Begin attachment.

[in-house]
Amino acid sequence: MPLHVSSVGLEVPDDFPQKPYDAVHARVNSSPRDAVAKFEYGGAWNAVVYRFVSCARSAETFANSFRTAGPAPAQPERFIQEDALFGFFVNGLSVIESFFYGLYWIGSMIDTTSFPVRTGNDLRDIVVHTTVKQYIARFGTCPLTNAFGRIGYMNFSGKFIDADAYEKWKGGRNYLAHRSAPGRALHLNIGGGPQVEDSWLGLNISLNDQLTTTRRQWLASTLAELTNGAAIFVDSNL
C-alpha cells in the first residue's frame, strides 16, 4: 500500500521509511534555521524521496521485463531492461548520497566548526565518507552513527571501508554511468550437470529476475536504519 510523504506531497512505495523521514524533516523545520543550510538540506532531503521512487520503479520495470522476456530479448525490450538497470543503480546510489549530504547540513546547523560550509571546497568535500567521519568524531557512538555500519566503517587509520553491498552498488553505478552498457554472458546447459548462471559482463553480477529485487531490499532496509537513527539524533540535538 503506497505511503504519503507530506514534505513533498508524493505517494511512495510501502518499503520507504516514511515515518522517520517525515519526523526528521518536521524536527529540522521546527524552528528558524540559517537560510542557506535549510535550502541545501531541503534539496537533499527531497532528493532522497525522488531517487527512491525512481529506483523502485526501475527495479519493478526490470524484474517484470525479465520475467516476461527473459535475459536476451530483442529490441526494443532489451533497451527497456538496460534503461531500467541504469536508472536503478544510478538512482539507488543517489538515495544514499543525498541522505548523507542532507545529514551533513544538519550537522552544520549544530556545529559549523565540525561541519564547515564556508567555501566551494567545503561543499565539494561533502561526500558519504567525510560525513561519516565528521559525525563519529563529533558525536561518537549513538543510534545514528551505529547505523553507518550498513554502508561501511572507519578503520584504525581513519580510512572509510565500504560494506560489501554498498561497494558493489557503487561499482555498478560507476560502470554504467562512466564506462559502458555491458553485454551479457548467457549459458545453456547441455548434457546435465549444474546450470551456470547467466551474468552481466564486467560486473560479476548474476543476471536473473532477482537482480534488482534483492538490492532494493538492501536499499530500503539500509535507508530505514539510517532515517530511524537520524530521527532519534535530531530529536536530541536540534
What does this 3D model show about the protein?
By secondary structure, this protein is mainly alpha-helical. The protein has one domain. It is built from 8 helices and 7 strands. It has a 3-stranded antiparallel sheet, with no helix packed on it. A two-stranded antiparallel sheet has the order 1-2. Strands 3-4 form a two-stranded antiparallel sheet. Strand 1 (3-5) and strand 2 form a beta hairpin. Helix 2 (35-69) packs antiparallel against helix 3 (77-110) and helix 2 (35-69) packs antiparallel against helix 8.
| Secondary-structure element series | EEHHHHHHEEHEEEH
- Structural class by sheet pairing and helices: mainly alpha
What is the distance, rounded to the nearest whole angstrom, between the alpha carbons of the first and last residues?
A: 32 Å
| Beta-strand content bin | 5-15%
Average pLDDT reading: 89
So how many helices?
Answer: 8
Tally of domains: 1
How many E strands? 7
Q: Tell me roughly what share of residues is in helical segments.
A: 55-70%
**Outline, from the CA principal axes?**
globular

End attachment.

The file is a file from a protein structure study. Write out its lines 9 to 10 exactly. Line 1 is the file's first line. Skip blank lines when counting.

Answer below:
A: 32 Å
| Beta-strand content bin | 5-15%